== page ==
“I have been lucky to be called in now by Declan to help with the squad. Hopefully, I can add some value to the squad and bring them forward,” said Karl.

There can be no doubt that Lacey’s presence with the group going forward has to be a big plus. If he can impart the skills, defensive and offensive, as well as the tigerish will to win, then we can look forward to plenty of more big days out with the county.

Rory Kavanagh

For St. Eunan’s man, Rory Kavanagh, it was a second retirement, having made a comeback, but he leaves the scene with great memories and few regrets.

“It was an enjoyable number of years. It was hard to leave it. I’ve made a lot of friends along the way,” said Rory.

“We had some great days; plenty of tough ones too. But we hung in there and it worked out for us too,” said Rory, citing the National League win in 2007 and then three Ulsters and the All-Ireland.

“We had plenty of tough days too against Armagh and Tyrone. We learned the hard way and they were great teams too. We had to bide our time,” he said.

The stylish forward/midfielder remembers his debut under Mickey Moran in a league game against Cork in Ballyshannon and is full of praise for Moran (“a fantastic person, fantastic coach, and you can see what is doing with Slaughtneil now”), Brian McEniff, Brian McIver, John Joe Doherty, Jim McGuinness and Rory Gallagher.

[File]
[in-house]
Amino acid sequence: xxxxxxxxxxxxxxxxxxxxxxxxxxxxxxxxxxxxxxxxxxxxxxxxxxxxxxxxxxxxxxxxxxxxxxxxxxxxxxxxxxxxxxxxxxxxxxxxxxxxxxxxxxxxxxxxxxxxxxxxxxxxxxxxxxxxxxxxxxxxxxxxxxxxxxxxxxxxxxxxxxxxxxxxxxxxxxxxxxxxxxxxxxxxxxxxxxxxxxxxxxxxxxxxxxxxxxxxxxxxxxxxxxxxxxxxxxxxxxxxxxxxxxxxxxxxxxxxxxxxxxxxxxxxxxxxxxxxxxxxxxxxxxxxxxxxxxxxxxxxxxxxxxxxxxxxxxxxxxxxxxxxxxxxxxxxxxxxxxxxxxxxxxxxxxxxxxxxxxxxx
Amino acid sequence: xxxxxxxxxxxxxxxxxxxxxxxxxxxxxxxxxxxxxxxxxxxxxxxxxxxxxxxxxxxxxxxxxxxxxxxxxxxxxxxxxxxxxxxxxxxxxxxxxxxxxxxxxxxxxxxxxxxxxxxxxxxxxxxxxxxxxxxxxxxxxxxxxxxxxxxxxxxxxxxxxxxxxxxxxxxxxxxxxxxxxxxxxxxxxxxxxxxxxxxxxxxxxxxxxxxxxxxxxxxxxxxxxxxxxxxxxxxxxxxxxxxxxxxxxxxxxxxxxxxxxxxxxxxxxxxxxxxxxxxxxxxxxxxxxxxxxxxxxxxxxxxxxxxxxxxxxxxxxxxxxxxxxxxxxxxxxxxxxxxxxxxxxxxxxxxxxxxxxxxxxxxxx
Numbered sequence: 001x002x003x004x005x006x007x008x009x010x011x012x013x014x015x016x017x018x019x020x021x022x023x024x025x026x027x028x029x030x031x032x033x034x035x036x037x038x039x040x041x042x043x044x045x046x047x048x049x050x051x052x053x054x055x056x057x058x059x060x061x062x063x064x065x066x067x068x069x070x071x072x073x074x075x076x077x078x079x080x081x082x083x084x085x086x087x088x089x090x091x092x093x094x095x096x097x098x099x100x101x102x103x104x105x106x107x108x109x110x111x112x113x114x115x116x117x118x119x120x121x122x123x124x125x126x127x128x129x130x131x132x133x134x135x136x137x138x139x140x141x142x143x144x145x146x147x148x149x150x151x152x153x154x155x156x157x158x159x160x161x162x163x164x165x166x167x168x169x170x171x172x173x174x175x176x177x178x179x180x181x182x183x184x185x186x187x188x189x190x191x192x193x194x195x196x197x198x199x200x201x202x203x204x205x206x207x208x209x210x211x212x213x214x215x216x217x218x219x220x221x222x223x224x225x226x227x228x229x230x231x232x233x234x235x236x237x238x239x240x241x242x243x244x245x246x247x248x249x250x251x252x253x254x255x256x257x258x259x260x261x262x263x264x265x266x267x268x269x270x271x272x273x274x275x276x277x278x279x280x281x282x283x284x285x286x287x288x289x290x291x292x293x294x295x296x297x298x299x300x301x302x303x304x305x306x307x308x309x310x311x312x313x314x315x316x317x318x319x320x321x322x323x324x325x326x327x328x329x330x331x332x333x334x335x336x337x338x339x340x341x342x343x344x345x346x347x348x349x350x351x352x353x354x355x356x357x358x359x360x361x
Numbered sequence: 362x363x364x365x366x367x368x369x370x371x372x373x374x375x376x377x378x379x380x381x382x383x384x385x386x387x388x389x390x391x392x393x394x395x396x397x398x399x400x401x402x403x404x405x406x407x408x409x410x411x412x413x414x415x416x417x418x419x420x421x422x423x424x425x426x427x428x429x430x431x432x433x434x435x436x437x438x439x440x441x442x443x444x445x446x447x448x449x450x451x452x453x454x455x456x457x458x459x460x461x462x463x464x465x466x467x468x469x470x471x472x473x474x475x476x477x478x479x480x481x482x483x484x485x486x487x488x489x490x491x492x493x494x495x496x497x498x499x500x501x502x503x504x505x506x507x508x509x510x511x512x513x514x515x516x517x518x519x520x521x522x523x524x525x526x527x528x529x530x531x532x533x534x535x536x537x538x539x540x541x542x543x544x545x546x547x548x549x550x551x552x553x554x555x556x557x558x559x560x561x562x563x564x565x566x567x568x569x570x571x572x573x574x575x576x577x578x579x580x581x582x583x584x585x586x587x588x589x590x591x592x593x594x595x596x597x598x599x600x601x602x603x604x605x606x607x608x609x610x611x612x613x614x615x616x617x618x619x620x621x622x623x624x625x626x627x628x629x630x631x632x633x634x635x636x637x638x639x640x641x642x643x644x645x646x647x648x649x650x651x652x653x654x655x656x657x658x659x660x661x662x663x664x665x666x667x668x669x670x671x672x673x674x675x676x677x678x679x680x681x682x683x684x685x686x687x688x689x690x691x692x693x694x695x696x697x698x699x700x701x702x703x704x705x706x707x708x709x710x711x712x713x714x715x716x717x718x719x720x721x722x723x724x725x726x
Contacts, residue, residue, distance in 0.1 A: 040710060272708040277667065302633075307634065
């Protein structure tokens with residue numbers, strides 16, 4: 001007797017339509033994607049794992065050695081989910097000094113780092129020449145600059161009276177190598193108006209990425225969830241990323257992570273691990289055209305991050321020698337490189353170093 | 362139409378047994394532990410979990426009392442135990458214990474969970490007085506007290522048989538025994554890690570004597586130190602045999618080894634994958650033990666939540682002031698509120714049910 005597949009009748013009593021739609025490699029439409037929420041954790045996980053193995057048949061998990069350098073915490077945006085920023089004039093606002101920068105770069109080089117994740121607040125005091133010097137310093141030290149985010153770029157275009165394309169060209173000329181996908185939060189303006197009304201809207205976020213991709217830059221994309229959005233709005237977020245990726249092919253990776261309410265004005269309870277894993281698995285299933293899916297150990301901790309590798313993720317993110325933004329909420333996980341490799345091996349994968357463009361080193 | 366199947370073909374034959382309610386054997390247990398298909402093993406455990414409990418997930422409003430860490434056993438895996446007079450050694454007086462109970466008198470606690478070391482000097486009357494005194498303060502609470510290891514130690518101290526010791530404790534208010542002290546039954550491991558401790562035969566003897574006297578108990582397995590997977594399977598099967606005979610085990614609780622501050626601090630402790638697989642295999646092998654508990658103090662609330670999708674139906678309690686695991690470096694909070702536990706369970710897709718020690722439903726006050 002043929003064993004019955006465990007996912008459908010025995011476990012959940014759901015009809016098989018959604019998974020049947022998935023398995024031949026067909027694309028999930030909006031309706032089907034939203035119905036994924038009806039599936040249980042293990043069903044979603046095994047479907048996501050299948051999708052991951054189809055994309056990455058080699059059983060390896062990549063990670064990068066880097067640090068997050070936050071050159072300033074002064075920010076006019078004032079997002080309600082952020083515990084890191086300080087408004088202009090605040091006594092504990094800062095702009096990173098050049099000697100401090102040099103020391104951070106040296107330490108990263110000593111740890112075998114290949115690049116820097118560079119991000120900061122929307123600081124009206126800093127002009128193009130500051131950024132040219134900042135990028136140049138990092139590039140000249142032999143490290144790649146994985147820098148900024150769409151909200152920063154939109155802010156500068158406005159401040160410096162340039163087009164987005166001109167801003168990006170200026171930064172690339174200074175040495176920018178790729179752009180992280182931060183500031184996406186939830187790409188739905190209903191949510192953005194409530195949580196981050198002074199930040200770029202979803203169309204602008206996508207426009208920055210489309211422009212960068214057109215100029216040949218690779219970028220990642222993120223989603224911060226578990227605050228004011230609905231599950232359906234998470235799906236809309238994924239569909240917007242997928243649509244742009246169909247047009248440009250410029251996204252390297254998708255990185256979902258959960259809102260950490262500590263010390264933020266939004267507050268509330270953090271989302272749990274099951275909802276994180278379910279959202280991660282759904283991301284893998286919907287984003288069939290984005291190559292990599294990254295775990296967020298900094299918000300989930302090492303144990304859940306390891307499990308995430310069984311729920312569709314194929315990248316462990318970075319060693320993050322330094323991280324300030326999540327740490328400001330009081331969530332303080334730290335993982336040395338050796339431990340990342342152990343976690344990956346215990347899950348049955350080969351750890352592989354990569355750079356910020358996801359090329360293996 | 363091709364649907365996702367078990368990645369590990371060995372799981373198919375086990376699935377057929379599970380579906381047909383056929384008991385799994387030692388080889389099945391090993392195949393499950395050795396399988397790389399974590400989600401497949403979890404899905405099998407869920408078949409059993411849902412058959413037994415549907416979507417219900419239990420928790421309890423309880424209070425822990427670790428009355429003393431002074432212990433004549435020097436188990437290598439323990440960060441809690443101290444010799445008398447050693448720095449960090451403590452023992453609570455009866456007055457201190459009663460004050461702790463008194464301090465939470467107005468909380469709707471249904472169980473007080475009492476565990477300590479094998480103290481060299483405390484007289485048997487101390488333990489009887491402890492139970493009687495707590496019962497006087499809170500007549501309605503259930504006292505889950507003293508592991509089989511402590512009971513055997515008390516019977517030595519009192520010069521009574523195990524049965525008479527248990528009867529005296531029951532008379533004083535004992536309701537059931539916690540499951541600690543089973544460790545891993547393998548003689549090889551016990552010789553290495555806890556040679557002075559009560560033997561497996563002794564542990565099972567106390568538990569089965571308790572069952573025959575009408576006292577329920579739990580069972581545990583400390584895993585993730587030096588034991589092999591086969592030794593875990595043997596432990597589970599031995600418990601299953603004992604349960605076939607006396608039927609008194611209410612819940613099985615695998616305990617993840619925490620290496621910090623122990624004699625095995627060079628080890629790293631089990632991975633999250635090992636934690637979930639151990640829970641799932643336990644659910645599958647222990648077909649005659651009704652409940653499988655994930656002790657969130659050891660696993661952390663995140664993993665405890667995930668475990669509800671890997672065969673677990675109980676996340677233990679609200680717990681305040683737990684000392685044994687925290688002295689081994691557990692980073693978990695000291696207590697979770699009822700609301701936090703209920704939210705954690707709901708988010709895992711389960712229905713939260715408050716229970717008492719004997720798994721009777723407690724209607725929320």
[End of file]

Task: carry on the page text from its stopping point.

“It was fantastic to get that experience working under all those coaches and all of them legends in their own right.”

Asked about highlights, the answer is the same for Rory - winning the All-Ireland in 2012, although he says there were others!

“There are plenty of highlights when you are rooming with Big Neil Gallagher, but I can’t go into them now,” quipped Rory.

“It was a good All-Ireland in terms of the teams that we beat. Winning against Kildare in 2011 was a big monkey off our back, and it gave us belief when went back against Kerry in the quarter-final in 2012,” said Rory, who felt the semi-final win over Cork was probably their best performance.

His great memories are of pulling on his first Donegal jersey; first Ulster final (even though it was a bad memory) and the first Ulster final that we won in 2011. “There was just a great outpouring of emotion in Clones that day,” says Rory.

There is also the friendships, none more so than with his midfield partner, Neil Gallagher. “We schooled together, room together, play golf together. We share that bond for ever more Amen.”

Thankfully, just like Karl Lacey, Rory Kavanagh is not cutting the cord completely with Donegal as he has just been appointed as the U-16 manager and it is something that excites him.

“It was something that I would always like to do. It is an environment that I enjoy, being physically out on the field working with players. It is gonna be something that I’m looking forward to,” said Rory.